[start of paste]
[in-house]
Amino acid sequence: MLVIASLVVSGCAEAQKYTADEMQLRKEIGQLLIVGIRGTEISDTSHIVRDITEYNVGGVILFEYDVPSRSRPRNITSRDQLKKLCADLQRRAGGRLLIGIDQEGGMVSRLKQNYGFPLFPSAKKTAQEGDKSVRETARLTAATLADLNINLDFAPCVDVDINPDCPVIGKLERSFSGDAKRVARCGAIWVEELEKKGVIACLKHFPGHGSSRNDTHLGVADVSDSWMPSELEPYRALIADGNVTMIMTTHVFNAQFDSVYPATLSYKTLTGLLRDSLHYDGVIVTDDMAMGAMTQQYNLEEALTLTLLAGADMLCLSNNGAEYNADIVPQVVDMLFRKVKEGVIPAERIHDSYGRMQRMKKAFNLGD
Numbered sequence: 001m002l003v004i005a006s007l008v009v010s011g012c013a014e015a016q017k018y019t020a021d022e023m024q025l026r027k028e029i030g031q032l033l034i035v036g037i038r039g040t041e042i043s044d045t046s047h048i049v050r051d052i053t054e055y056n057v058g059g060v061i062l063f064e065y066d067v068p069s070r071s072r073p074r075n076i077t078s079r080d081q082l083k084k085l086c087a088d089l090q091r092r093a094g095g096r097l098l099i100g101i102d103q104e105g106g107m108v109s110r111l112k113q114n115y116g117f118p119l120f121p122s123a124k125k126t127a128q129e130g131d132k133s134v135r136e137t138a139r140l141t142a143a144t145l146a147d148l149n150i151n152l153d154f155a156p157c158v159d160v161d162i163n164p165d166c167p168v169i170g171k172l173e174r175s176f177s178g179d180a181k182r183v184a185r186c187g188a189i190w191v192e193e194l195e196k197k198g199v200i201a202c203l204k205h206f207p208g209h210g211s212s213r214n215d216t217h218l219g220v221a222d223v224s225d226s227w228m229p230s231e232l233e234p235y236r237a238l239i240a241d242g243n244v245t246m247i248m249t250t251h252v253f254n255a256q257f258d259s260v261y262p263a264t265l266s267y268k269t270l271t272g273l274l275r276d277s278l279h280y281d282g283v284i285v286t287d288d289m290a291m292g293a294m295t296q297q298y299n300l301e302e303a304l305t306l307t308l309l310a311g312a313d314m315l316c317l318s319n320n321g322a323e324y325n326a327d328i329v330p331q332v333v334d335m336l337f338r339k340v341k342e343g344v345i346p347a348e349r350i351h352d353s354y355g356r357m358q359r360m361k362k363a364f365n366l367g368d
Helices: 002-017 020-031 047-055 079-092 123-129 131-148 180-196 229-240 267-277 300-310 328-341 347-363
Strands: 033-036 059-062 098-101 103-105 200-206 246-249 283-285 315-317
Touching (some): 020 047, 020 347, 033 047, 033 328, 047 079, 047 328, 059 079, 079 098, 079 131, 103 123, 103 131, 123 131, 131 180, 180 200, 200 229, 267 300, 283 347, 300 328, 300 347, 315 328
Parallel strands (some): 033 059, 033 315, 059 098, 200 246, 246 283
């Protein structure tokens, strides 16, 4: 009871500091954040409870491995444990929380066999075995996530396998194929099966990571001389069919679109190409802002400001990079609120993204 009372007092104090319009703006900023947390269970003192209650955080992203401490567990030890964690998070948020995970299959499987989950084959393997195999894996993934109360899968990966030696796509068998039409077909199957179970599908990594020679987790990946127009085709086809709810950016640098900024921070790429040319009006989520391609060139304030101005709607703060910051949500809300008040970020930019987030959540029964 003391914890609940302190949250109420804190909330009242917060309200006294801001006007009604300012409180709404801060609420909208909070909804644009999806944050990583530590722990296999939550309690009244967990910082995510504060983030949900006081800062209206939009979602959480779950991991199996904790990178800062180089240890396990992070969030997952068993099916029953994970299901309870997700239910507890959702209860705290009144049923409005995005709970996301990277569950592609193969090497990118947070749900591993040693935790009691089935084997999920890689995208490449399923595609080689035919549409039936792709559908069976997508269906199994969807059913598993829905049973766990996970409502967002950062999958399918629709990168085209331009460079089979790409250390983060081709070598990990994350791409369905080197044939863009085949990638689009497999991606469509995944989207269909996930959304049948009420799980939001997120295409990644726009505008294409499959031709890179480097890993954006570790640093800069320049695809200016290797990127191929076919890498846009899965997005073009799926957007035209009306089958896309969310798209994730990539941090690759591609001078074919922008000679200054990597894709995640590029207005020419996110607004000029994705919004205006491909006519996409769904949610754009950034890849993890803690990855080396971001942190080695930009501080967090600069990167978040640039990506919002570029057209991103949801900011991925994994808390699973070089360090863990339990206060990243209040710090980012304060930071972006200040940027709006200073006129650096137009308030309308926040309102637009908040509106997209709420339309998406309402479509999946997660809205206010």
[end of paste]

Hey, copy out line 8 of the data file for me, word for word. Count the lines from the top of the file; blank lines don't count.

């Protein structure tokens, strides 16, 4: 009871500091954040409870491995444990929380066999075995996530396998194929099966990571001389069919679109190409802002400001990079609120993204 009372007092104090319009703006900023947390269970003192209650955080992203401490567990030890964690998070948020995970299959499987989950084959393997195999894996993934109360899968990966030696796509068998039409077909199957179970599908990594020679987790990946127009085709086809709810950016640098900024921070790429040319009006989520391609060139304030101005709607703060910051949500809300008040970020930019987030959540029964 003391914890609940302190949250109420804190909330009242917060309200006294801001006007009604300012409180709404801060609420909208909070909804644009999806944050990583530590722990296999939550309690009244967990910082995510504060983030949900006081800062209206939009979602959480779950991991199996904790990178800062180089240890396990992070969030997952068993099916029953994970299901309870997700239910507890959702209860705290009144049923409005995005709970996301990277569950592609193969090497990118947070749900591993040693935790009691089935084997999920890689995208490449399923595609080689035919549409039936792709559908069976997508269906199994969807059913598993829905049973766990996970409502967002950062999958399918629709990168085209331009460079089979790409250390983060081709070598990990994350791409369905080197044939863009085949990638689009497999991606469509995944989207269909996930959304049948009420799980939001997120295409990644726009505008294409499959031709890179480097890993954006570790640093800069320049695809200016290797990127191929076919890498846009899965997005073009799926957007035209009306089958896309969310798209994730990539941090690759591609001078074919922008000679200054990597894709995640590029207005020419996110607004000029994705919004205006491909006519996409769904949610754009950034890849993890803690990855080396971001942190080695930009501080967090600069990167978040640039990506919002570029057209991103949801900011991925994994808390699973070089360090863990339990206060990243209040710090980012304060930071972006200040940027709006200073006129650096137009308030309308926040309102637009908040509106997209709420339309998406309402479509999946997660809205206010």